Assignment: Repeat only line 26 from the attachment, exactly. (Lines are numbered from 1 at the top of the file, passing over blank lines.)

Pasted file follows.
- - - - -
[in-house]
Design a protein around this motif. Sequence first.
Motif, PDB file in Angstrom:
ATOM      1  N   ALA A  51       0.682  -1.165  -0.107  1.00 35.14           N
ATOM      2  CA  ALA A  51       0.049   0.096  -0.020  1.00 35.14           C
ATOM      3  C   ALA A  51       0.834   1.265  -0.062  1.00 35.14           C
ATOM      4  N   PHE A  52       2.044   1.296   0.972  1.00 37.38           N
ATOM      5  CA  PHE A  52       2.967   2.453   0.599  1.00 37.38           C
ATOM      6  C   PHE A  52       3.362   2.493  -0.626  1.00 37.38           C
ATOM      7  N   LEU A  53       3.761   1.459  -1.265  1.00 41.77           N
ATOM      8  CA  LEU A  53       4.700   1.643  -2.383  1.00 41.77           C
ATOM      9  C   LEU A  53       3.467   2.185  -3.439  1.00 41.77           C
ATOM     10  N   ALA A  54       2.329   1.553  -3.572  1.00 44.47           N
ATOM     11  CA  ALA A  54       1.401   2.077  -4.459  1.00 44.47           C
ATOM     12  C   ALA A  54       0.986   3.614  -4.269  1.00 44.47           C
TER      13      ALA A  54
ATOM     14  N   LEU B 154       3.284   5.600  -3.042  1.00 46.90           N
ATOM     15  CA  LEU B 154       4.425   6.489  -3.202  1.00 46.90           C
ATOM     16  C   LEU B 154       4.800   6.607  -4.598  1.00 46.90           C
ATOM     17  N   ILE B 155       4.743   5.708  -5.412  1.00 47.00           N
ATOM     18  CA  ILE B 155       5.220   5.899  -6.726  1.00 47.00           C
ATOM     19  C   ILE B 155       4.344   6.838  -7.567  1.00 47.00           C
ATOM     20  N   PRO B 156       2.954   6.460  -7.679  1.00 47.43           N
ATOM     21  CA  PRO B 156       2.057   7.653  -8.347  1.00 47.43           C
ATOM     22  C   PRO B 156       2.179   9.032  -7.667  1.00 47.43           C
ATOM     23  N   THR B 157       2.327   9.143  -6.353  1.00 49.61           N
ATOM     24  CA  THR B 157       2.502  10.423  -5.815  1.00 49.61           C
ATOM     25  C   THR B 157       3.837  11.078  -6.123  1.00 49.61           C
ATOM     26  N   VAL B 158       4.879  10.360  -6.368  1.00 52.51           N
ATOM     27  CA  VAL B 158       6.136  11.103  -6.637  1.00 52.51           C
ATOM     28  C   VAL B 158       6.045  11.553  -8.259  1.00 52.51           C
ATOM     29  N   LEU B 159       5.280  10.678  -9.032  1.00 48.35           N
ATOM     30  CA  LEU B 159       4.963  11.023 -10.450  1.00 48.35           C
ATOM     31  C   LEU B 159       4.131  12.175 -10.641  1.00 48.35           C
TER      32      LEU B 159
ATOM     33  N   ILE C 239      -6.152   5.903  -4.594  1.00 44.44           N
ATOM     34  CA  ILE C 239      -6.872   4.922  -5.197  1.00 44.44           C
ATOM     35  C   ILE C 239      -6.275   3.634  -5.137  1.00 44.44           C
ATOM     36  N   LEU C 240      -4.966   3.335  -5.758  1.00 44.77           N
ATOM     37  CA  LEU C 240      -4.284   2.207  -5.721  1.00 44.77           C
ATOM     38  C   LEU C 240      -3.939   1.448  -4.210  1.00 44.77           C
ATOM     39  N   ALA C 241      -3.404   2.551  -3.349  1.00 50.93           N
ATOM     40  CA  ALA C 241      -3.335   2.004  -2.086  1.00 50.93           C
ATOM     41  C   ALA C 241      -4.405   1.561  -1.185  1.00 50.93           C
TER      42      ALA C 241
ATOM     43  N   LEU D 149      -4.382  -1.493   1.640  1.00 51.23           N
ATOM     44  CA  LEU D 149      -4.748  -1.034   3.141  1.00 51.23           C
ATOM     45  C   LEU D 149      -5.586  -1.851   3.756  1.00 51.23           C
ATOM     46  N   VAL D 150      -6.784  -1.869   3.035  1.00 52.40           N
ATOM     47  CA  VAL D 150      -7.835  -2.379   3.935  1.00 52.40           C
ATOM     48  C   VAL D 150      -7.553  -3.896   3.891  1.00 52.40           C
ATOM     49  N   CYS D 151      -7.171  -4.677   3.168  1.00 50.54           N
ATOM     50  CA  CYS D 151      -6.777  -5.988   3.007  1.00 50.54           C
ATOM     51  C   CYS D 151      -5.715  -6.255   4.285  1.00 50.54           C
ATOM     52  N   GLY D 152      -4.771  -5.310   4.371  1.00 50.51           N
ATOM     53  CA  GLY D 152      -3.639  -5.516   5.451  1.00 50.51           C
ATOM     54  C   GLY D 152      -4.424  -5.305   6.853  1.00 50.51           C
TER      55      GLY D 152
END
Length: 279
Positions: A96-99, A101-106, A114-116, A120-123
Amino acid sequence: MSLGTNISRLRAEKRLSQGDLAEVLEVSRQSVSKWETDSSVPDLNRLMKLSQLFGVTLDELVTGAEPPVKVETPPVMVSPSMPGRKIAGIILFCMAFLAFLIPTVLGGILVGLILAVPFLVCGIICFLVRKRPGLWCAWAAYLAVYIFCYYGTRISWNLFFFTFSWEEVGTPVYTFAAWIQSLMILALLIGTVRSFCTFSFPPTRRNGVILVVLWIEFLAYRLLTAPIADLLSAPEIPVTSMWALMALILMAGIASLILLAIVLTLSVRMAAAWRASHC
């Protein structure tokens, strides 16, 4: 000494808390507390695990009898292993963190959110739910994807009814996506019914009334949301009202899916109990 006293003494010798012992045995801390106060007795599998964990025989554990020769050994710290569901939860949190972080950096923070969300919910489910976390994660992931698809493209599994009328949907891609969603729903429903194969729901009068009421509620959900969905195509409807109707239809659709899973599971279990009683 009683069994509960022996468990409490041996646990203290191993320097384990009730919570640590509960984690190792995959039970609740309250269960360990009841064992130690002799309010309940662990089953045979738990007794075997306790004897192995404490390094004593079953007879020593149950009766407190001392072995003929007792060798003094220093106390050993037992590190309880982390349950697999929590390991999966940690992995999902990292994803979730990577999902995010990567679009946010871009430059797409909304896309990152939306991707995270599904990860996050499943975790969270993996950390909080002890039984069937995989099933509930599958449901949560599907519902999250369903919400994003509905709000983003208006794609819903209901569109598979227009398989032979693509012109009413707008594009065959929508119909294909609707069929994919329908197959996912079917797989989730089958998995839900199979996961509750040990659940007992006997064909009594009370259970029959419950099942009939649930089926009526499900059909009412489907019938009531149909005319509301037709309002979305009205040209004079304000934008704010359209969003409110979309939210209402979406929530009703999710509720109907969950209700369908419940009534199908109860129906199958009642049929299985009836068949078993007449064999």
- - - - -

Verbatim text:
ATOM     23  N   THR B 157       2.327   9.143  -6.353  1.00 49.61           N